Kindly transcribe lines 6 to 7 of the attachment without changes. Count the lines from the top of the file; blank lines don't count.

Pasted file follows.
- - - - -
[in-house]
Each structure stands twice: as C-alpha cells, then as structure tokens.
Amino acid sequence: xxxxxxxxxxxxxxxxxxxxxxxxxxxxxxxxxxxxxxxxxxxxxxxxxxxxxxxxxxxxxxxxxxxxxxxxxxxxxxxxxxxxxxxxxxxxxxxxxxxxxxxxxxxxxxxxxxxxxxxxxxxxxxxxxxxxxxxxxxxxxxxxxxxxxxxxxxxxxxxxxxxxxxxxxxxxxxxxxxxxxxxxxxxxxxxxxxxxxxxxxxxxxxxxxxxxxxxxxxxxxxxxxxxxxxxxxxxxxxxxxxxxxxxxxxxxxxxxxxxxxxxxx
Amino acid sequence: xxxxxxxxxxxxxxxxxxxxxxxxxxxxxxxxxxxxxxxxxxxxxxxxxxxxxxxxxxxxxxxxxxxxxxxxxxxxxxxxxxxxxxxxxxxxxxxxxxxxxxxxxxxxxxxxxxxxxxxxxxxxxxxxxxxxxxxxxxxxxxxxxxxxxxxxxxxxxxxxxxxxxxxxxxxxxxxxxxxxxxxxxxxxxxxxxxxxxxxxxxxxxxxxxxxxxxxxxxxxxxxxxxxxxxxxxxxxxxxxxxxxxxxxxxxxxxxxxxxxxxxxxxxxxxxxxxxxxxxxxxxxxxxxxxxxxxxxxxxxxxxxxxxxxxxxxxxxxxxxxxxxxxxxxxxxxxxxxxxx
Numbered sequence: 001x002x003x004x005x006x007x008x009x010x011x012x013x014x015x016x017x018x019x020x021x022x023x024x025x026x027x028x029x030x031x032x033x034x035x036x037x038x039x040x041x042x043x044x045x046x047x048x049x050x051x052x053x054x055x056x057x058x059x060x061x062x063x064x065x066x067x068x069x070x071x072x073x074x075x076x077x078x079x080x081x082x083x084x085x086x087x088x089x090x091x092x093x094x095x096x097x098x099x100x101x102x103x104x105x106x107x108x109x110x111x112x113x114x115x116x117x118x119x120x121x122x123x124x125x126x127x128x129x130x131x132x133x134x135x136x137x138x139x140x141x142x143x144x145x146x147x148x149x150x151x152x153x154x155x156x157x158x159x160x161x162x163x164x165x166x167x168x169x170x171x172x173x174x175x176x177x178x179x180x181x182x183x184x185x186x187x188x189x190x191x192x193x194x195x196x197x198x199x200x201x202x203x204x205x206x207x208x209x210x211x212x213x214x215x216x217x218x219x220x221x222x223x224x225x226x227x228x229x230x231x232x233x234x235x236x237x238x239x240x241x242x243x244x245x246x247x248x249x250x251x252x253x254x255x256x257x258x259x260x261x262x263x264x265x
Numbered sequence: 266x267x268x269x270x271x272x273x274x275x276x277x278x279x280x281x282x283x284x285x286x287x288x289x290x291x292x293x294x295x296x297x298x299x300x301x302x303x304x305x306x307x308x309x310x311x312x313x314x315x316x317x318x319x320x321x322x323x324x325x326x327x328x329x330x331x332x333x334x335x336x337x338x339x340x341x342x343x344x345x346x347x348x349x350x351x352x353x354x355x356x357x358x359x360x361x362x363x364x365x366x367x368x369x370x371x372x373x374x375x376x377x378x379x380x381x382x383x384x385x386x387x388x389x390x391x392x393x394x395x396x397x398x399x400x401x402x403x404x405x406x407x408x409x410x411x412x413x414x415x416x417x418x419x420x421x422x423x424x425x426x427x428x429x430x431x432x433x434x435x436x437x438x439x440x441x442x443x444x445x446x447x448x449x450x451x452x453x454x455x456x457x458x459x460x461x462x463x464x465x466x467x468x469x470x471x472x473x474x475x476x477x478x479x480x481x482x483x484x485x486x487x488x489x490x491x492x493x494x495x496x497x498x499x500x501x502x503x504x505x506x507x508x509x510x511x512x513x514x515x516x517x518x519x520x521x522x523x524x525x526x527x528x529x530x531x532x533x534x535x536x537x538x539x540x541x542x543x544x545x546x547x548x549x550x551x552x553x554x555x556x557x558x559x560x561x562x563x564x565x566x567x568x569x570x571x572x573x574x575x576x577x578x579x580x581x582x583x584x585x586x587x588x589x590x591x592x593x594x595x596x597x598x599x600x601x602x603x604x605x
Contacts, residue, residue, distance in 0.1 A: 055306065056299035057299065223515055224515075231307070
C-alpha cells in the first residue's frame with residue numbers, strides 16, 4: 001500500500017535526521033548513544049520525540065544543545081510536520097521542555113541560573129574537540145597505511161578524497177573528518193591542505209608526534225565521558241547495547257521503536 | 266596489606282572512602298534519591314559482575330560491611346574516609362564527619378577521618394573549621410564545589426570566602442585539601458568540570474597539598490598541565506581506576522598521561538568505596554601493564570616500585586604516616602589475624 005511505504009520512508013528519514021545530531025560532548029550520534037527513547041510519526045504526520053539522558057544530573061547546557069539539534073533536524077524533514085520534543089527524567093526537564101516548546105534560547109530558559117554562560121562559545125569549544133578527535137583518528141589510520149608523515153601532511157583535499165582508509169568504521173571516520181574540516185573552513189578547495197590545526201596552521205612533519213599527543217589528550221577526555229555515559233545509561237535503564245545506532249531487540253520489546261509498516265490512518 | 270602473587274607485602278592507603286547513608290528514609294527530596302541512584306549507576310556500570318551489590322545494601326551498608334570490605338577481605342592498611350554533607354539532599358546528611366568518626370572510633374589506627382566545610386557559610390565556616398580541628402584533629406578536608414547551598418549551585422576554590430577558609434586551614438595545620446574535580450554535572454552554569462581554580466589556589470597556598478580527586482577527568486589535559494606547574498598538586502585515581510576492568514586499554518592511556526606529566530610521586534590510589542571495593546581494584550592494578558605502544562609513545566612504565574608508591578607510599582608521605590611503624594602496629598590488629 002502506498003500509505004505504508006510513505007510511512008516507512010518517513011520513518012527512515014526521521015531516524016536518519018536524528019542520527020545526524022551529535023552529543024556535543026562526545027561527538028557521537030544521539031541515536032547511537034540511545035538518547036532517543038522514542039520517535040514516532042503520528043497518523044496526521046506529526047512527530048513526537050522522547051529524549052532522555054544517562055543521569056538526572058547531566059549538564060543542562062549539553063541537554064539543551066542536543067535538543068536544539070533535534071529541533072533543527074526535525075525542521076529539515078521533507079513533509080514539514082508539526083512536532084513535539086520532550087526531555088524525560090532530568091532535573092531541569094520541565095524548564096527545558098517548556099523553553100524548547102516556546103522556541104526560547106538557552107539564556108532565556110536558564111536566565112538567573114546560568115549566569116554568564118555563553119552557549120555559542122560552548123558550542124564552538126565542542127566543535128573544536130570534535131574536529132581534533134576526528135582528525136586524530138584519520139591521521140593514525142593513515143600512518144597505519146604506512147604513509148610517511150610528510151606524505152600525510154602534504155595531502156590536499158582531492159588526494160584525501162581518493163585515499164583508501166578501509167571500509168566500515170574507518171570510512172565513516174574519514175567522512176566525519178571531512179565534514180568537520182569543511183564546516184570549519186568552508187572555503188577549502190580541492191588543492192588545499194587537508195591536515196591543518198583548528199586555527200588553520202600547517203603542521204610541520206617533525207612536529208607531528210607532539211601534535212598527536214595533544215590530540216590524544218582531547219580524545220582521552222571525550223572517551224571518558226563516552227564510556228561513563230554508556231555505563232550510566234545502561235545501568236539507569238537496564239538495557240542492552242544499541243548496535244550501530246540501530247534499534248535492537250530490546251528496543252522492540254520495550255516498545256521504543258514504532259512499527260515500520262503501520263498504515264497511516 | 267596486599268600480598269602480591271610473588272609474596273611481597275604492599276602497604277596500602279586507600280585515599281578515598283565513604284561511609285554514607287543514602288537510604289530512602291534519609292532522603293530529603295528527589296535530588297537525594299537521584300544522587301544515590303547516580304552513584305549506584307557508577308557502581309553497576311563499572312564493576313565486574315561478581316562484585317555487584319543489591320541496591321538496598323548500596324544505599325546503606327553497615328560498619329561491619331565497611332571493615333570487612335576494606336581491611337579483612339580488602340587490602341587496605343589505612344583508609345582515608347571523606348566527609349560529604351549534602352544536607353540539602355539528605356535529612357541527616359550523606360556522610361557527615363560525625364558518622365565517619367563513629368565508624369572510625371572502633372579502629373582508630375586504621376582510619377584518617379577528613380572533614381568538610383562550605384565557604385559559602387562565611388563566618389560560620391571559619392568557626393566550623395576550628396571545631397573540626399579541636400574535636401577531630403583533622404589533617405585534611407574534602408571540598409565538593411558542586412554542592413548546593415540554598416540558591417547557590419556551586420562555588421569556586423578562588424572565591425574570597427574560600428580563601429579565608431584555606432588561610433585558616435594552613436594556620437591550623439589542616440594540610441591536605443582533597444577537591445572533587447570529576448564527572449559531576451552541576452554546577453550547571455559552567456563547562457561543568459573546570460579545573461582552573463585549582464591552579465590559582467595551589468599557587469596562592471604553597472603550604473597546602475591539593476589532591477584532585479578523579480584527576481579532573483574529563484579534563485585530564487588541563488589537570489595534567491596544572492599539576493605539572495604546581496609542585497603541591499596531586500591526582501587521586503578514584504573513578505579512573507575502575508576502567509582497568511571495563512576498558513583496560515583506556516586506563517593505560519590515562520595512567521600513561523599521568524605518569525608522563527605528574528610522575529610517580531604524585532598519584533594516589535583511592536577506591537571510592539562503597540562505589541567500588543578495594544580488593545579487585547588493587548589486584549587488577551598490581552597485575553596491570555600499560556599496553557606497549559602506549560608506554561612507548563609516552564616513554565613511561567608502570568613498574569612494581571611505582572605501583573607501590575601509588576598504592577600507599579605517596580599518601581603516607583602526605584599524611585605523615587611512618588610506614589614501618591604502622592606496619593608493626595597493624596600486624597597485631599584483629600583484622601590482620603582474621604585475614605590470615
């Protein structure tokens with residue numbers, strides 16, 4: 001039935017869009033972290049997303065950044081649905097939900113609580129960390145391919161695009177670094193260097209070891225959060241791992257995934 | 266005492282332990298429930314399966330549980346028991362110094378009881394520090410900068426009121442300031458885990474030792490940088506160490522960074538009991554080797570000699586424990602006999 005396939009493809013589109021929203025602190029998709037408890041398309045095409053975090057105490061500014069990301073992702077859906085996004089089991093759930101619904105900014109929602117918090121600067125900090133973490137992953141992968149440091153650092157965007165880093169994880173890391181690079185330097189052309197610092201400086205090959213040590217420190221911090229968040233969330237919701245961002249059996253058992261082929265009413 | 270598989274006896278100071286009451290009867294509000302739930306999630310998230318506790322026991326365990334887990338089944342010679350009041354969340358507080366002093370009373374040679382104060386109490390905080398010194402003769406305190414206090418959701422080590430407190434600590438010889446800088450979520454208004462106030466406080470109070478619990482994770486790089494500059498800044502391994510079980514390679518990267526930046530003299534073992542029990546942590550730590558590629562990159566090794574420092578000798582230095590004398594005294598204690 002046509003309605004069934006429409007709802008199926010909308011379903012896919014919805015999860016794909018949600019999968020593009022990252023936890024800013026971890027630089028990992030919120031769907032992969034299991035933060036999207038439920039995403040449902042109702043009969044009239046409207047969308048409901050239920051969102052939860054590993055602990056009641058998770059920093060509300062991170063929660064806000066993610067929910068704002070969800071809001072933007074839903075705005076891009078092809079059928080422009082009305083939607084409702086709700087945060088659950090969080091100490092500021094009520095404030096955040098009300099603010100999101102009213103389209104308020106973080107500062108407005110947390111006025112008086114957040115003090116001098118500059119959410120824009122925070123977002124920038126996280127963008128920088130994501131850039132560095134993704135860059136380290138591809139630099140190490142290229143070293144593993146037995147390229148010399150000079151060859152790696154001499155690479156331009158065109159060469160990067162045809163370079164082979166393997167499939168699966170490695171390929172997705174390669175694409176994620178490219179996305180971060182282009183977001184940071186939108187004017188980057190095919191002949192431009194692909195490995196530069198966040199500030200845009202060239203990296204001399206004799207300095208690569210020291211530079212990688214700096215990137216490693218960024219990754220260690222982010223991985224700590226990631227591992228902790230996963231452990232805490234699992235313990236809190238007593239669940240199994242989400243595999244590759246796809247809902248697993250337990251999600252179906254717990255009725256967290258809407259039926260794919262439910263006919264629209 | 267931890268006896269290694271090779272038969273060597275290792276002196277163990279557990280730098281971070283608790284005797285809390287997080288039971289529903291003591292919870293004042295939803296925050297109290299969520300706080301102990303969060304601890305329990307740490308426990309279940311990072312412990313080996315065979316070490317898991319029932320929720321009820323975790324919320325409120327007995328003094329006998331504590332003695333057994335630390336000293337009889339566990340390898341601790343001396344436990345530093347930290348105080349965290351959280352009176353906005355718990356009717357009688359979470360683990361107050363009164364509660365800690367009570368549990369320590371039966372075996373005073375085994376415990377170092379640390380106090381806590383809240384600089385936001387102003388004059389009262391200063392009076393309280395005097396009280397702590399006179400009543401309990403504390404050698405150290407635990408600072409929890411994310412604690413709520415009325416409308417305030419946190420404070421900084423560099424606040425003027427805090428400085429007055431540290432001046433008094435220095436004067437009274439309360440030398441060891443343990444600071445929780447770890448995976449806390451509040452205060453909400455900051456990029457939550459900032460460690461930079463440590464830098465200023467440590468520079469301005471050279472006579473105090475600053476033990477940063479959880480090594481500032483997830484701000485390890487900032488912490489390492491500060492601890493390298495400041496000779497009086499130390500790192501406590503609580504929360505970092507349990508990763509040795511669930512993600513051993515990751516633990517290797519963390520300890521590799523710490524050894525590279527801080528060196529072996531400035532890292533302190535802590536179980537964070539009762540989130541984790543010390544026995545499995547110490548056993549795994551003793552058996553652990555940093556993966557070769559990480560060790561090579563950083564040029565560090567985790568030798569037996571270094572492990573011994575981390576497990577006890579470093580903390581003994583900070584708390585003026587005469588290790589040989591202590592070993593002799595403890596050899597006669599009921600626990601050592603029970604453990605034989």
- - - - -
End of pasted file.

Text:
Numbered sequence: 266x267x268x269x270x271x272x273x274x275x276x277x278x279x280x281x282x283x284x285x286x287x288x289x290x291x292x293x294x295x296x297x298x299x300x301x302x303x304x305x306x307x308x309x310x311x312x313x314x315x316x317x318x319x320x321x322x323x324x325x326x327x328x329x330x331x332x333x334x335x336x337x338x339x340x341x342x343x344x345x346x347x348x349x350x351x352x353x354x355x356x357x358x359x360x361x362x363x364x365x366x367x368x369x370x371x372x373x374x375x376x377x378x379x380x381x382x383x384x385x386x387x388x389x390x391x392x393x394x395x396x397x398x399x400x401x402x403x404x405x406x407x408x409x410x411x412x413x414x415x416x417x418x419x420x421x422x423x424x425x426x427x428x429x430x431x432x433x434x435x436x437x438x439x440x441x442x443x444x445x446x447x448x449x450x451x452x453x454x455x456x457x458x459x460x461x462x463x464x465x466x467x468x469x470x471x472x473x474x475x476x477x478x479x480x481x482x483x484x485x486x487x488x489x490x491x492x493x494x495x496x497x498x499x500x501x502x503x504x505x506x507x508x509x510x511x512x513x514x515x516x517x518x519x520x521x522x523x524x525x526x527x528x529x530x531x532x533x534x535x536x537x538x539x540x541x542x543x544x545x546x547x548x549x550x551x552x553x554x555x556x557x558x559x560x561x562x563x564x565x566x567x568x569x570x571x572x573x574x575x576x577x578x579x580x581x582x583x584x585x586x587x588x589x590x591x592x593x594x595x596x597x598x599x600x601x602x603x604x605x
Contacts, residue, residue, distance in 0.1 A: 055306065056299035057299065223515055224515075231307070